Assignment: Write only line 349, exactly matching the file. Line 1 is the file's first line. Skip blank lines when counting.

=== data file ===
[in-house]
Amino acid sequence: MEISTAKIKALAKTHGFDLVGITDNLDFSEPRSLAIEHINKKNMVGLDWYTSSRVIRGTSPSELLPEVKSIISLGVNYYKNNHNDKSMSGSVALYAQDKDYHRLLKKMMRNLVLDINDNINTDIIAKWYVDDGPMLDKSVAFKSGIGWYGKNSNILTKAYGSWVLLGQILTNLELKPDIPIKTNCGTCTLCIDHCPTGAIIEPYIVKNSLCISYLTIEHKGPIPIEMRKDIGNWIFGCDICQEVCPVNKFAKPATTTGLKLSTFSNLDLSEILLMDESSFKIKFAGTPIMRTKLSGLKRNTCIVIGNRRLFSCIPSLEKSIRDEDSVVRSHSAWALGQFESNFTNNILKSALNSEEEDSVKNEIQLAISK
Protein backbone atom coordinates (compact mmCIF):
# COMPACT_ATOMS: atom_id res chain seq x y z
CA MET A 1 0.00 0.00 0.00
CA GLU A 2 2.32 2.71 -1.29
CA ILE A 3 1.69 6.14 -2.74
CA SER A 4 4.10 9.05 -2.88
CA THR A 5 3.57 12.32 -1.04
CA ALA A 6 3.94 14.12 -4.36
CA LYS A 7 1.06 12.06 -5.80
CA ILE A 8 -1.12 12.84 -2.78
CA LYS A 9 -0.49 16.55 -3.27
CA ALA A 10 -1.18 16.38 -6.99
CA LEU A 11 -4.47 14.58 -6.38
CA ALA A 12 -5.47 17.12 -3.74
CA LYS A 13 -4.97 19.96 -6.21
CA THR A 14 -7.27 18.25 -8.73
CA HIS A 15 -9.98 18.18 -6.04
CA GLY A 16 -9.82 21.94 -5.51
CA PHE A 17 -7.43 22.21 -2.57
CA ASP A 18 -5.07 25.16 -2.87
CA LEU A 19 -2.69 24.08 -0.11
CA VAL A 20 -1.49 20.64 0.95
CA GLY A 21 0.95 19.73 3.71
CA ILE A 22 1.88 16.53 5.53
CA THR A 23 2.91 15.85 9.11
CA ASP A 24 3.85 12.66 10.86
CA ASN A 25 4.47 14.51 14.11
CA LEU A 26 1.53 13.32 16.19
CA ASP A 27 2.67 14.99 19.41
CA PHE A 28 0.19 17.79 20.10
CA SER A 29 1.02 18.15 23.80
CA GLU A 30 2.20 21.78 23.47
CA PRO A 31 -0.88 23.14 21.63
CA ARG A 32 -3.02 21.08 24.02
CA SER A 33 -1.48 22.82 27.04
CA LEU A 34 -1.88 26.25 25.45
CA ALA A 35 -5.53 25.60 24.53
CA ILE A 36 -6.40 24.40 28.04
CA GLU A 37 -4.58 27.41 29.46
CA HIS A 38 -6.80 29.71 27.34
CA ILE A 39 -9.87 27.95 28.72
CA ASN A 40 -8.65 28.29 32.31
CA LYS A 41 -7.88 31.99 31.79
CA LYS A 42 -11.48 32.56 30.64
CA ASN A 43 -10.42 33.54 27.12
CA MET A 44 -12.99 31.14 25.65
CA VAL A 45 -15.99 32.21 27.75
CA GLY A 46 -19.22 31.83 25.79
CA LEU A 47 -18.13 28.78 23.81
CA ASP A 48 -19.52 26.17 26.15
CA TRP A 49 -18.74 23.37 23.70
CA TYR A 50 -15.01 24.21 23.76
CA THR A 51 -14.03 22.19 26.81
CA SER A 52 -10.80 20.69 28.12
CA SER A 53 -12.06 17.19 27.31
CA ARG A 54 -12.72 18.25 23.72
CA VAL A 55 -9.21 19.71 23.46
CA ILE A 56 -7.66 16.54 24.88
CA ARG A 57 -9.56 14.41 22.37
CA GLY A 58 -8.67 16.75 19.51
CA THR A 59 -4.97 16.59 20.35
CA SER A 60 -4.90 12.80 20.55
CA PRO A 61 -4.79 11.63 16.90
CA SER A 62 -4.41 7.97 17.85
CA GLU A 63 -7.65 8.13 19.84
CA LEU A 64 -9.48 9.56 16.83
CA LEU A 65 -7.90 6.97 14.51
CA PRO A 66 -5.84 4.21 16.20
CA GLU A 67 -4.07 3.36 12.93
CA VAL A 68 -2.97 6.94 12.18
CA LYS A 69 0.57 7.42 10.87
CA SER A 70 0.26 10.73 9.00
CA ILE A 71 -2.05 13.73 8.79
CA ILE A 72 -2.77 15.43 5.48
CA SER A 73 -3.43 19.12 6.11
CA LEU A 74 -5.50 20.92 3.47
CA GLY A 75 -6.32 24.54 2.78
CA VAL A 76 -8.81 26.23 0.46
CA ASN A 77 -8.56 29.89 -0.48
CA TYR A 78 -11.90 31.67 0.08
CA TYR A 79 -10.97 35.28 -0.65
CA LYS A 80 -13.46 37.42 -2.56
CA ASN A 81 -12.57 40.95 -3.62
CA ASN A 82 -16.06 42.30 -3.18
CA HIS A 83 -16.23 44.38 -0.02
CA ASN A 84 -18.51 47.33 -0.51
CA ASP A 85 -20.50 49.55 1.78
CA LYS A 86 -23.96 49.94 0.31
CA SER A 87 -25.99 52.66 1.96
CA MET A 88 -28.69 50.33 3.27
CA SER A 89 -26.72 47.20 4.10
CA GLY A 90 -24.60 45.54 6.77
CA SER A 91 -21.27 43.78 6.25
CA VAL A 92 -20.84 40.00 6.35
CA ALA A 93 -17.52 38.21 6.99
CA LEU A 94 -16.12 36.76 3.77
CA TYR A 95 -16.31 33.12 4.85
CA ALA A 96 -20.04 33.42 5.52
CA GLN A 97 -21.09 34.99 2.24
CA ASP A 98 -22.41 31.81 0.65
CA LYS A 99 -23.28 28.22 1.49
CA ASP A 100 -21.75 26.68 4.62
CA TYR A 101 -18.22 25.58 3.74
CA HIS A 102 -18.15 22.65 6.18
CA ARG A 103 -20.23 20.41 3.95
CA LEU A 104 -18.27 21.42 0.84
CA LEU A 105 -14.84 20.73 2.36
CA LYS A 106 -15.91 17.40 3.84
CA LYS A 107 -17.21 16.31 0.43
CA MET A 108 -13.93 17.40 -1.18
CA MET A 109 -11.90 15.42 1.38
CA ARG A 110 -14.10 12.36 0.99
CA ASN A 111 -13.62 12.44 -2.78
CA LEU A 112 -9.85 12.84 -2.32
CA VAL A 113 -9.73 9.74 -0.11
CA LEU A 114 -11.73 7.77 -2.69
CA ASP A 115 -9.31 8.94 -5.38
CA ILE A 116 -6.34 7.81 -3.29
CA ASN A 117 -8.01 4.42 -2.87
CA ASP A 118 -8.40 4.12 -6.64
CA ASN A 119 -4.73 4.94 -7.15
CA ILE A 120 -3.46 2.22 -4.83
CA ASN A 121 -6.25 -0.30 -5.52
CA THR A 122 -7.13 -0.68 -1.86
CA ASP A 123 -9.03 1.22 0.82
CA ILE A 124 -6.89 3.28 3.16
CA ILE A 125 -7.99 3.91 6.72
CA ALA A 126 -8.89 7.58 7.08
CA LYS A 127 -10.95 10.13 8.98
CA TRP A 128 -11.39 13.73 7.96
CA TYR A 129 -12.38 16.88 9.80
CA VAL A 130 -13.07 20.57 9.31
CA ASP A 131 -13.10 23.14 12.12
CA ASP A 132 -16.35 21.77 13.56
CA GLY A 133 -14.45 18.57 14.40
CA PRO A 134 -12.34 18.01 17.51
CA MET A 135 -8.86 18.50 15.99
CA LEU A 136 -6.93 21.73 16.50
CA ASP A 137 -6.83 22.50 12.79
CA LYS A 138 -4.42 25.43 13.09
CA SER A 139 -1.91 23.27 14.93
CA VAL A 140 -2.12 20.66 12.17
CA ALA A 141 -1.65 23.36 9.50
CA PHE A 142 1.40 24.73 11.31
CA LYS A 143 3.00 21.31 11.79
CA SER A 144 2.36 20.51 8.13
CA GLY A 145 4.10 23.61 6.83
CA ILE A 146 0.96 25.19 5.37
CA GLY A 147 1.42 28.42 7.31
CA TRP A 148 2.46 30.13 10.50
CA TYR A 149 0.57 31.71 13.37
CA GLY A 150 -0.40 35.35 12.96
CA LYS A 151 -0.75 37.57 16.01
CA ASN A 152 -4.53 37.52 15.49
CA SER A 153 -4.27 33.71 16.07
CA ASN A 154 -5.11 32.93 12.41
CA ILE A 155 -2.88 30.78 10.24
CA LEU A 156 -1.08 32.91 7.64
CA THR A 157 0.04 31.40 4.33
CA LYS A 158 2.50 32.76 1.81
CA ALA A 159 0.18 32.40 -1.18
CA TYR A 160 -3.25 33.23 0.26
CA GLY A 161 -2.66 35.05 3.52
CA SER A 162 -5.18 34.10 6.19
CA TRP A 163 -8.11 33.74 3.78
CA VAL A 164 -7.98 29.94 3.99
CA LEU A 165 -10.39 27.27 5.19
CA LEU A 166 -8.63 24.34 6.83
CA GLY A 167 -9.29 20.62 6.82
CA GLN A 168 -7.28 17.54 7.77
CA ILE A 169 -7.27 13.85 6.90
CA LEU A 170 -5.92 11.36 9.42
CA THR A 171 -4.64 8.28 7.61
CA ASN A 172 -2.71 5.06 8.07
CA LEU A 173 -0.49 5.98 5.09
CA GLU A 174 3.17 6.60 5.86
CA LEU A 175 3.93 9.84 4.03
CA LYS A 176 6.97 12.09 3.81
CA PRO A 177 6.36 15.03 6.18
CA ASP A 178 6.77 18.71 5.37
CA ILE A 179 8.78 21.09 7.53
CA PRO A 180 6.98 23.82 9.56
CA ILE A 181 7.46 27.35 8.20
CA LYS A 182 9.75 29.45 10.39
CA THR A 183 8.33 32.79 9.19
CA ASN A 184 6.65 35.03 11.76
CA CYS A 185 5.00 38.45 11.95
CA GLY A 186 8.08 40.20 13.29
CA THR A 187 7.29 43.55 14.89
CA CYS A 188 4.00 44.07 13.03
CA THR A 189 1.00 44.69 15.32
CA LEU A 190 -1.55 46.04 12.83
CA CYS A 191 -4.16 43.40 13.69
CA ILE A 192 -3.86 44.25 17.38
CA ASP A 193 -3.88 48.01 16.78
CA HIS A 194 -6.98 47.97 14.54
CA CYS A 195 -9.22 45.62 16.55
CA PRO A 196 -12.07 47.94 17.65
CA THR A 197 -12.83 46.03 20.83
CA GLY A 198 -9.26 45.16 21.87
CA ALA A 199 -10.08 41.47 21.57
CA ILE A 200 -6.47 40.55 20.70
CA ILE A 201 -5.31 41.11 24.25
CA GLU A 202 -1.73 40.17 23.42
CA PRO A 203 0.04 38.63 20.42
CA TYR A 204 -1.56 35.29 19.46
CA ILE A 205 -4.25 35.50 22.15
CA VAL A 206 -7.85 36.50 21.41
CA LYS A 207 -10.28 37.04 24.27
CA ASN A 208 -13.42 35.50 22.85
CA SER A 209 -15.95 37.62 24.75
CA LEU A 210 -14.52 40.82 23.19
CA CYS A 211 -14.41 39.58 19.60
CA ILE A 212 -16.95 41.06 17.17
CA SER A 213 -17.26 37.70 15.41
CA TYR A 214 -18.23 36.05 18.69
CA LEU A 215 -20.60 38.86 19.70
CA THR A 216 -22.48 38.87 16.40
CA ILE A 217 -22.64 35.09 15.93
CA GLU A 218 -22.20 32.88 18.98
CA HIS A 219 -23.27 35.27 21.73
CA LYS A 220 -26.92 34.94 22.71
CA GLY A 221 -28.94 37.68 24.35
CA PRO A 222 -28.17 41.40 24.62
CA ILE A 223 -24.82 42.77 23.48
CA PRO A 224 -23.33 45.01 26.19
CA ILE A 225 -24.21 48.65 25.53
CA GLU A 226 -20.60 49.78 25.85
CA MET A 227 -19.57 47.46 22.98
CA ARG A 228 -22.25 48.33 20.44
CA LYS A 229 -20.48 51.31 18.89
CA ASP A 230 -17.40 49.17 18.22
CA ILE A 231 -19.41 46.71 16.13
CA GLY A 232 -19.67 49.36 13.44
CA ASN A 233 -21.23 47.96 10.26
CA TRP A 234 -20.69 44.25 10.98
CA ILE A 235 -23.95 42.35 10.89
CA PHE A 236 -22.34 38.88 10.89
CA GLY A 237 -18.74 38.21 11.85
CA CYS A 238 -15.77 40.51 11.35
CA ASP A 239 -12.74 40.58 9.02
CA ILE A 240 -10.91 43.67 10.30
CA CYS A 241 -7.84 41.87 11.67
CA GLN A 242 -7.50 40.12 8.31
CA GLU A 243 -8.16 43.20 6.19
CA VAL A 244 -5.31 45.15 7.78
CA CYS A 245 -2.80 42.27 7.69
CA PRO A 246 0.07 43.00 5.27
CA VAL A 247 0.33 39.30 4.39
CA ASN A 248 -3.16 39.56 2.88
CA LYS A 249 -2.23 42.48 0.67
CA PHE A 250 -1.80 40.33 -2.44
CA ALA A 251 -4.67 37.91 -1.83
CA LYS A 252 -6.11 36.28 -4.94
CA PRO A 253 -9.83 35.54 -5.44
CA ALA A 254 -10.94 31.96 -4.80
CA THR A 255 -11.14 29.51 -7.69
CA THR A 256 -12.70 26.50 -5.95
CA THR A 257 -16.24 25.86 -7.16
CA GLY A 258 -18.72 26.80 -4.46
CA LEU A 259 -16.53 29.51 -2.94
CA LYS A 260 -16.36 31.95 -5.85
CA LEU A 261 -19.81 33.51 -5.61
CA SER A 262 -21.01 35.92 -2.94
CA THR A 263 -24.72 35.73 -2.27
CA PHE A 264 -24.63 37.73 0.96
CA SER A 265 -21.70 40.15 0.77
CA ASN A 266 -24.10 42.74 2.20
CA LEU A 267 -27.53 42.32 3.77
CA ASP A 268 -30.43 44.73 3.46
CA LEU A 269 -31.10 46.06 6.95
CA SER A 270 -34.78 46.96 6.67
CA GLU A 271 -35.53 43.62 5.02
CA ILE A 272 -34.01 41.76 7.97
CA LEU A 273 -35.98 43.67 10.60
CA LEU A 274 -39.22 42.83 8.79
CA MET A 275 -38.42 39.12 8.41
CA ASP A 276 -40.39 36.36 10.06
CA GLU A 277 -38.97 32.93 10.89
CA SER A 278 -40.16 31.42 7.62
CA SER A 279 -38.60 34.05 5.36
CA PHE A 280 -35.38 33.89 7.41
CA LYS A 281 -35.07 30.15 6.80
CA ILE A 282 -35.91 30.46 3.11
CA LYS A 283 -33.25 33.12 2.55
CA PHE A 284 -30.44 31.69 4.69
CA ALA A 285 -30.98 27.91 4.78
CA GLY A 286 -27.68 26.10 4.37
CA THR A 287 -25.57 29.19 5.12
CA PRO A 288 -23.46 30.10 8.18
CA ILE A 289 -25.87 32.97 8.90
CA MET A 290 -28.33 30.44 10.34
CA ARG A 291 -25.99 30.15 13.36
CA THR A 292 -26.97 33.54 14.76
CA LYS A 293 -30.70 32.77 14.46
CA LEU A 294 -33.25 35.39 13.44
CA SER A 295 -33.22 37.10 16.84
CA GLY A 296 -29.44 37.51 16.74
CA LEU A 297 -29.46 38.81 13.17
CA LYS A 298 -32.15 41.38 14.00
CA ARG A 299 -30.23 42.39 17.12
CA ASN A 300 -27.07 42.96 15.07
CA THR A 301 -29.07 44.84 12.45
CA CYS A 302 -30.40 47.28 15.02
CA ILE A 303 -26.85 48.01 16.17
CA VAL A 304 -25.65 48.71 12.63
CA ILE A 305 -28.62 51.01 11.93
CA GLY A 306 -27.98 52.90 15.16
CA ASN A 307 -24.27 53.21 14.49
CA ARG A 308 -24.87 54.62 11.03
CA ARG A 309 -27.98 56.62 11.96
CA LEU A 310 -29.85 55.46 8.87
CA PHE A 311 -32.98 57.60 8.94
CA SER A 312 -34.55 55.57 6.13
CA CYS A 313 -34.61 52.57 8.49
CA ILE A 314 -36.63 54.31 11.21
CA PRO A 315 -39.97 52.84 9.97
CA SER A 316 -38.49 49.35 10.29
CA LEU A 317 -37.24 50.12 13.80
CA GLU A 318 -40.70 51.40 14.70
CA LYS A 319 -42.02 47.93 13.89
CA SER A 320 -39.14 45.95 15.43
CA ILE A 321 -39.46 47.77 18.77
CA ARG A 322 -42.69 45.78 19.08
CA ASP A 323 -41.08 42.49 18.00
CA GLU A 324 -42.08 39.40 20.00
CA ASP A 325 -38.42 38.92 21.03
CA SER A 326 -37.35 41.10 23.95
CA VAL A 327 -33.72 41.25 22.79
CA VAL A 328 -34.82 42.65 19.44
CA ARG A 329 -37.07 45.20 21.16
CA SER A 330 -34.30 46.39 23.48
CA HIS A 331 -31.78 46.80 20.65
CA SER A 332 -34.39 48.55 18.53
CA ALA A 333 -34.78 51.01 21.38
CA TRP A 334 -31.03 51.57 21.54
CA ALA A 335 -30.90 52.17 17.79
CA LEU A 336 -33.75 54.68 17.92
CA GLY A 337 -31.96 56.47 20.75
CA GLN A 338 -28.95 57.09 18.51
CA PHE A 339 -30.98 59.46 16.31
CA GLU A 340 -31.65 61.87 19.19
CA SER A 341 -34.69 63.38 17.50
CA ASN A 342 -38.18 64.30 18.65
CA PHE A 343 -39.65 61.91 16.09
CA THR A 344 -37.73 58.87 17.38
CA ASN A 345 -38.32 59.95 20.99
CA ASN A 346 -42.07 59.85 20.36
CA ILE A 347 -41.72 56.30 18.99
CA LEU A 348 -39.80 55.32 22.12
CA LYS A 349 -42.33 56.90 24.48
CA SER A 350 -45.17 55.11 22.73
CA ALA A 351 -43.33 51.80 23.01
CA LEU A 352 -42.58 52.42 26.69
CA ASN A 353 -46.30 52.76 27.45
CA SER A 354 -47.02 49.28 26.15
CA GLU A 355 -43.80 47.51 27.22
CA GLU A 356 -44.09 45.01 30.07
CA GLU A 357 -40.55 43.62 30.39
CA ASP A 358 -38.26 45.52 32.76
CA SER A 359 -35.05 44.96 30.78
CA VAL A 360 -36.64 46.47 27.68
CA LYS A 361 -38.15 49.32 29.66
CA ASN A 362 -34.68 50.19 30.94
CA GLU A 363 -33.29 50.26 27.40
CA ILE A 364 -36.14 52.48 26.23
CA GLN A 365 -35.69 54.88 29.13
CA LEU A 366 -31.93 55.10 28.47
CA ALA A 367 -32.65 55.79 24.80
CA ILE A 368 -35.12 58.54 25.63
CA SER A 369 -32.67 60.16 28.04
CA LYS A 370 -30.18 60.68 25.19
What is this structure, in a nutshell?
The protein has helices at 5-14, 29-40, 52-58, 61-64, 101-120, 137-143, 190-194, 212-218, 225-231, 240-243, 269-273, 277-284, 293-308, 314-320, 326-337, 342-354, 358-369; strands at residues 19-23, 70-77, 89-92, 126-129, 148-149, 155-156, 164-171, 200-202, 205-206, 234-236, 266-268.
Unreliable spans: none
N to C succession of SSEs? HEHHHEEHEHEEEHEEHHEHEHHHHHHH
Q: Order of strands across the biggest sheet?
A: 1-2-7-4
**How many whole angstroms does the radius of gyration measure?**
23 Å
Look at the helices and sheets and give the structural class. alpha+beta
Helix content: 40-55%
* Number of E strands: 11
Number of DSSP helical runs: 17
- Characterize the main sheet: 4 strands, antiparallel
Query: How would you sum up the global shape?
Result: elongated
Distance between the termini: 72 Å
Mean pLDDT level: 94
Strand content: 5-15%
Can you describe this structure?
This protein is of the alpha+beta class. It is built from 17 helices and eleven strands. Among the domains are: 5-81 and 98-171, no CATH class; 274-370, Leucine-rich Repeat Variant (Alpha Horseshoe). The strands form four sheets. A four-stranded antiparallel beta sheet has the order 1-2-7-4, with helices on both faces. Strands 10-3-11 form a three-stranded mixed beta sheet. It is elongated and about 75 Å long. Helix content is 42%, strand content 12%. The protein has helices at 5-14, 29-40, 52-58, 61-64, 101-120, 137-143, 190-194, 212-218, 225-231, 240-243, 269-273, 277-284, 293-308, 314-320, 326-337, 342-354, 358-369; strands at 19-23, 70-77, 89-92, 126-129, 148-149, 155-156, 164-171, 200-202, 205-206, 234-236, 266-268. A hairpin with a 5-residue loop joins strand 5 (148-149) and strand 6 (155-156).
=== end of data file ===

CA ASN A 345 -38.32 59.95 20.99